Stick to Your Dietary Routine Assuming you have a reasonably healthy diet at home, sticking to a normal eating pattern on the road is wise — but such a killjoy! You know that one of the perks of travel is experiencing new, unfamiliar cuisine and indulging a little. It is possible to sample the sumptuous breakfast buffet without waddling home carrying 10 extra pounds. The key is balance. Eat slowly (conversation helps; just watch Europeans linger over a cup of espresso). Get enough sleep (evidence suggests that you’re more prone to weight gain if you’re sleep deprived). And watch portion size. Bingham often orders a room-service breakfast, but instead of a standard omelet, she orders an egg-white omelet. As soon as the giant omelet arrives, she cuts it in half and stores one half in her guestroom mini-fridge (many luxury hotels now offer empty in-room refrigerators — just ask). She also feels free to write in the margins of the menu exactly what she wants. If you don’t normally eat a large breakfast but find breakfast on the business agenda, cut back at lunch. Shopping at a local grocery for fresh fruits and vegetables to store in your inroom refrigerator can help avoid the three-meals-a-day restaurant program that can lead to weight gain and poor food choices.
Avoid or Manage ‘Disinhibitors’ Travel can bring with it sleep deprivation (jet lag, early meetings, late dinners, entertainment junkets), excess alcohol consumption, unfamiliar medications (sedatives on the plane), illness and stress. All of these can be disinhibitors — factors that can lower your normal resistance to managing healthy habits. Since many of these situations cannot be avoided, awareness that they may make you careless about food choices, food portions and frequency of eating helps to prevent overindulgence.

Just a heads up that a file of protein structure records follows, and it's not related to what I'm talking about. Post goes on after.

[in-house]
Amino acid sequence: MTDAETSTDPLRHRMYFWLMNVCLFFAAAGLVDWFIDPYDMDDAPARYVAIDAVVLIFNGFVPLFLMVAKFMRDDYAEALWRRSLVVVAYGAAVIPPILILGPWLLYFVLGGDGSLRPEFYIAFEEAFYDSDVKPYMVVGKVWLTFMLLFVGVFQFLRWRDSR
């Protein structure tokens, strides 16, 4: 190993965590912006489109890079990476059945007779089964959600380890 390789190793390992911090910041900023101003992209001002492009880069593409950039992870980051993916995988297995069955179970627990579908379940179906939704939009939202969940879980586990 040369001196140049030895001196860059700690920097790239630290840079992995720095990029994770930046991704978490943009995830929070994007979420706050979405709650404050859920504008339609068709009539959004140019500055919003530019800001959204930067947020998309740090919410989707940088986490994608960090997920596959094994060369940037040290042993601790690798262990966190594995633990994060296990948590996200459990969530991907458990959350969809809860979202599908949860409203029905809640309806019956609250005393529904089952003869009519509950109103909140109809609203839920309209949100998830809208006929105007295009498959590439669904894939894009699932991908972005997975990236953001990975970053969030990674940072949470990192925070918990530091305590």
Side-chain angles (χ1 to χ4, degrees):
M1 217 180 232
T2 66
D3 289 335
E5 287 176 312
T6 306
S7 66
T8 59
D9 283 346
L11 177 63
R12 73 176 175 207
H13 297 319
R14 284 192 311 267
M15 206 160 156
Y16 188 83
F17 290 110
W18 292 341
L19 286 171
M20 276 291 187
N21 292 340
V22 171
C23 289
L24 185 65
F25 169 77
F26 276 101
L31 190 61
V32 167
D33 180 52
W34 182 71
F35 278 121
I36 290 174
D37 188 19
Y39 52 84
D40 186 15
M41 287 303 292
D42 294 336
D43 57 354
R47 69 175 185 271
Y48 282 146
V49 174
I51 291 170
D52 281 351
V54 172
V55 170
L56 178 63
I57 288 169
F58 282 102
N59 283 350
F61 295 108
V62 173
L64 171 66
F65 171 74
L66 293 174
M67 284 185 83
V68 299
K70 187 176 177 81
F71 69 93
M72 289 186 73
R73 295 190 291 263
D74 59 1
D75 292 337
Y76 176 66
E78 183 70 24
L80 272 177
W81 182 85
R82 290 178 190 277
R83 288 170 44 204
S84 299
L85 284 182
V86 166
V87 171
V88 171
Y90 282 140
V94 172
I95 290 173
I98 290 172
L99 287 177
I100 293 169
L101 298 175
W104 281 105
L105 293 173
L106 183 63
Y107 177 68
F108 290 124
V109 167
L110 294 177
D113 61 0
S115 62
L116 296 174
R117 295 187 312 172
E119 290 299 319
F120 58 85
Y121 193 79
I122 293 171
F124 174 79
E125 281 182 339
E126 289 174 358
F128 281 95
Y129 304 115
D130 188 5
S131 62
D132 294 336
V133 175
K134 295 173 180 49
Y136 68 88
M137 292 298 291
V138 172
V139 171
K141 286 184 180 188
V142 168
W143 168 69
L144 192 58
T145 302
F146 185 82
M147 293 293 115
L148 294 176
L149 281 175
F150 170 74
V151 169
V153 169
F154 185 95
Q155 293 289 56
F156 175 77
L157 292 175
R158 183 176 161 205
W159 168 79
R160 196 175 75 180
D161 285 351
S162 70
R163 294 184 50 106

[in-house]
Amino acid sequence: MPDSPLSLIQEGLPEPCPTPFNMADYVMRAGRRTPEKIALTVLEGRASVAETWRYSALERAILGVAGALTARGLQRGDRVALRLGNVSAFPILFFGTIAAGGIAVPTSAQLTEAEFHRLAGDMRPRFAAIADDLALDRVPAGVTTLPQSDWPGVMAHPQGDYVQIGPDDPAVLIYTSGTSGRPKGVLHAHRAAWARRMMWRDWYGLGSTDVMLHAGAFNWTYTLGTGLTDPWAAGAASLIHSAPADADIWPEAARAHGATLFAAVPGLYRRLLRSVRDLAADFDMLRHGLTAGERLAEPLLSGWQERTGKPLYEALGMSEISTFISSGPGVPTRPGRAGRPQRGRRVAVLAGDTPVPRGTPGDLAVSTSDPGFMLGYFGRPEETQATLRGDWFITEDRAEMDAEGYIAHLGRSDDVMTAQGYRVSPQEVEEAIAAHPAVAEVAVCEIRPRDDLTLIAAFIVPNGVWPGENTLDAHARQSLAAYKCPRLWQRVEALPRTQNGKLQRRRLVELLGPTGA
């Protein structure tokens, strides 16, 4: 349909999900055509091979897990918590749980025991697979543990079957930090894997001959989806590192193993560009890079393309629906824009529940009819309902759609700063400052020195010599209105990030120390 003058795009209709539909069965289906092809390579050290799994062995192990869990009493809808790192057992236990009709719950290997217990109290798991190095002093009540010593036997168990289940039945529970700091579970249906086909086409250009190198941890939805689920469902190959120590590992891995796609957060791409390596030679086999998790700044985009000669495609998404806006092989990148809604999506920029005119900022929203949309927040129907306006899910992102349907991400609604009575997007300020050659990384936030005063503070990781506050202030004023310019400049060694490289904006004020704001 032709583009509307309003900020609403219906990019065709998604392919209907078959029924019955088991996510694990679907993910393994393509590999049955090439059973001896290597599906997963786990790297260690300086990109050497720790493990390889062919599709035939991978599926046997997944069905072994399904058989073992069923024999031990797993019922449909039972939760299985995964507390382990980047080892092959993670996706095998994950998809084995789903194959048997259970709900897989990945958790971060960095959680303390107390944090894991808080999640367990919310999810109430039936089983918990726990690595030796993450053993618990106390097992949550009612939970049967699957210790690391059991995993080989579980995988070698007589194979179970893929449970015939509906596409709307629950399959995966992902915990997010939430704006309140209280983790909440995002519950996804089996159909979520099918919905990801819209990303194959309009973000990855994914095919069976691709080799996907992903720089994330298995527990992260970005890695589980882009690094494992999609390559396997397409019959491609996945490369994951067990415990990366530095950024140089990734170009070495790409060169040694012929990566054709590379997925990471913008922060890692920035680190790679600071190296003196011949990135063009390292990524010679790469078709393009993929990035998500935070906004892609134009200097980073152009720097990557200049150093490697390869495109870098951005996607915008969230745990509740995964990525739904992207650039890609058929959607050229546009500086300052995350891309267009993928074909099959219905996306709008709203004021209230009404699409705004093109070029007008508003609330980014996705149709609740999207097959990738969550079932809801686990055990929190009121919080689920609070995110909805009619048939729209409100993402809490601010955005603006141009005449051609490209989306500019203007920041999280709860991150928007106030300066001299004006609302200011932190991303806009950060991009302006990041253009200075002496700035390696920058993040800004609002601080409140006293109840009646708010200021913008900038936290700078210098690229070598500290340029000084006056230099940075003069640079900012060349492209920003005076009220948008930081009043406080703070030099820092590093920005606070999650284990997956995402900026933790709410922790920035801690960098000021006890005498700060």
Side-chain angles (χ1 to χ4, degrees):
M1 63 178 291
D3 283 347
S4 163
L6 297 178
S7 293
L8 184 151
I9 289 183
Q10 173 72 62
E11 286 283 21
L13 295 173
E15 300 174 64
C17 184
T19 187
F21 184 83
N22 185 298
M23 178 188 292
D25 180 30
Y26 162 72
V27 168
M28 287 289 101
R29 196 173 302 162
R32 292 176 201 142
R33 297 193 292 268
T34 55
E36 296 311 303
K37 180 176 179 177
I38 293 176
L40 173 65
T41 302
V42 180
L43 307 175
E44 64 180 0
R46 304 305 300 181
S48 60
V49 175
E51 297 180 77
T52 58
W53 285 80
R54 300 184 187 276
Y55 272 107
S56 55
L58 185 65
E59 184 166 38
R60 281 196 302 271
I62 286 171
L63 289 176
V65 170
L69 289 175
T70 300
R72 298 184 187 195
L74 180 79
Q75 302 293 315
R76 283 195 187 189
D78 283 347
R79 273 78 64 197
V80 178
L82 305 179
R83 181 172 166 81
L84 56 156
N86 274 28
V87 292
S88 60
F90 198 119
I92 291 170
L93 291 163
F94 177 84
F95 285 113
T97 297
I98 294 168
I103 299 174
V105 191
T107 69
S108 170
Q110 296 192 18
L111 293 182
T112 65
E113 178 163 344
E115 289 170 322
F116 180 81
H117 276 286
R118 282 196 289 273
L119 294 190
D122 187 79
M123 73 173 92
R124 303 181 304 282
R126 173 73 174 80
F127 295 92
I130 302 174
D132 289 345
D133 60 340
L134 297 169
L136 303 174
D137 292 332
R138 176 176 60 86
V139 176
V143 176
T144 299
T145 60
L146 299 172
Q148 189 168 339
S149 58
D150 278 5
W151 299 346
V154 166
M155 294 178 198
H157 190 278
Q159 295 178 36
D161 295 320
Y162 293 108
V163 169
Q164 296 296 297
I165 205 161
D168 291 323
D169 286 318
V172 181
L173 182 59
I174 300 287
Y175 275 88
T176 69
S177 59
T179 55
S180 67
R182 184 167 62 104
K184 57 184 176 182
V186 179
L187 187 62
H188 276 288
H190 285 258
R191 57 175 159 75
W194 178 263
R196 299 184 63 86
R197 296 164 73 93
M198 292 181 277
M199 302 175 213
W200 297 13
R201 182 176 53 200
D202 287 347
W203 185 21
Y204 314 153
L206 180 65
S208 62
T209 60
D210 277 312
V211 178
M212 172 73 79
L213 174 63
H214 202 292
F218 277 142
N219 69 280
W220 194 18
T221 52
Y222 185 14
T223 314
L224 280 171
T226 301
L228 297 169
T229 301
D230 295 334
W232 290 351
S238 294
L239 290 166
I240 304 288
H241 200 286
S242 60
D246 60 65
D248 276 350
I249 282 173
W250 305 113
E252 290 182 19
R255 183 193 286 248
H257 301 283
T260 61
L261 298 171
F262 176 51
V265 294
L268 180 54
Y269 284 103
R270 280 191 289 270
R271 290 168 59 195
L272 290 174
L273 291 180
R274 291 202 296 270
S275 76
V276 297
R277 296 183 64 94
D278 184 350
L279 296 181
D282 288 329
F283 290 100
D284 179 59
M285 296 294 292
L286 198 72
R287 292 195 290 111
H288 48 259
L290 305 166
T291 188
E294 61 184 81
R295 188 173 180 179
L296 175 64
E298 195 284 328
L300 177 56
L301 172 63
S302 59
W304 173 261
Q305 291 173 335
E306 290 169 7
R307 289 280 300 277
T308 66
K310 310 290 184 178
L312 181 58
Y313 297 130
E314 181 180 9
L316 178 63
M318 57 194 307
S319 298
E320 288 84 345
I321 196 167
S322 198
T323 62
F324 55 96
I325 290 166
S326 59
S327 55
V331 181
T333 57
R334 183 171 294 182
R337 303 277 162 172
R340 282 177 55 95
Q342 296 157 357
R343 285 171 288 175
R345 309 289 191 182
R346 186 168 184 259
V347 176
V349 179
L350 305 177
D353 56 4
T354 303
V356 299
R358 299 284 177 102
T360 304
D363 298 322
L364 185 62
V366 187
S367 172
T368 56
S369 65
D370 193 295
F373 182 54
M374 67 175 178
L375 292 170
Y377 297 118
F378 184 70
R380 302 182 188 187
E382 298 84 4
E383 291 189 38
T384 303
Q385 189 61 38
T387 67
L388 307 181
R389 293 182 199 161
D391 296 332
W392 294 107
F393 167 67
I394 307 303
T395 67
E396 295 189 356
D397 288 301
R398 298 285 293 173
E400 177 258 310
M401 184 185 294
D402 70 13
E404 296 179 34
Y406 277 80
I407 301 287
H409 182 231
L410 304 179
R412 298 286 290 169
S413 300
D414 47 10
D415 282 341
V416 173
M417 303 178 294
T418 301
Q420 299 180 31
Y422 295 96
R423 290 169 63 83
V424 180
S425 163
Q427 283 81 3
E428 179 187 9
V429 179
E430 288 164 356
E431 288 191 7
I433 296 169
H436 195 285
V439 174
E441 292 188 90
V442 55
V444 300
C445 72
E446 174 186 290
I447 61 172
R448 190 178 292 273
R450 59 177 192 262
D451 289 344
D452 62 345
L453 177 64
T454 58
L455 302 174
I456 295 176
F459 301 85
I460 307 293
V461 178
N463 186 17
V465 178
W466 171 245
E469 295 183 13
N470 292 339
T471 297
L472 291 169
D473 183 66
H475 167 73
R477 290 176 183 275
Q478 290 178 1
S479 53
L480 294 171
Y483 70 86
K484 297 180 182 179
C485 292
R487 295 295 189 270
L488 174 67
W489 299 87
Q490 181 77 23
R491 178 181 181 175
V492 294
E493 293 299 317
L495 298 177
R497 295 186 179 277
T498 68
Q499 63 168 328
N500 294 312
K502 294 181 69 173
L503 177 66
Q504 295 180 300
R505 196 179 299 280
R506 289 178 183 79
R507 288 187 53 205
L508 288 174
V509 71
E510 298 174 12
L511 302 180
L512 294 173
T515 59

Exercise, Exercise, Exercise Fortunately, maintaining fitness on the road is no longer a chore. Hotels provide lots of options for physical fitness on the road, from on-request in-room ellipticals and other training equipment to on-site health clubs and partnerships with local gyms — so there’s no excuse for abandoning your exercise program while traveling. No available fitness center? No excuse. Go for a jog or a walk to investigate your new environment. With a little planning and time management, you can maintain your fitness and allow for the extra indulgences (Godiva chocolate on the pillow) that can sweeten the journey.
Vail Resorts opted to close all 37 resorts early in response to the current COVID-19 pandemic, but the mountain resort operator also wanted to give back to the community in the face of this adversity. The excess perishable food from the various properties was donated to 30 local food banks, schools and community organizations in the communities where Vail Resorts employees live, work and play. Fruit, vegetables, cheese, juice, granola bars and more went to mountain communities from Colorado and Vermont to British Columbia.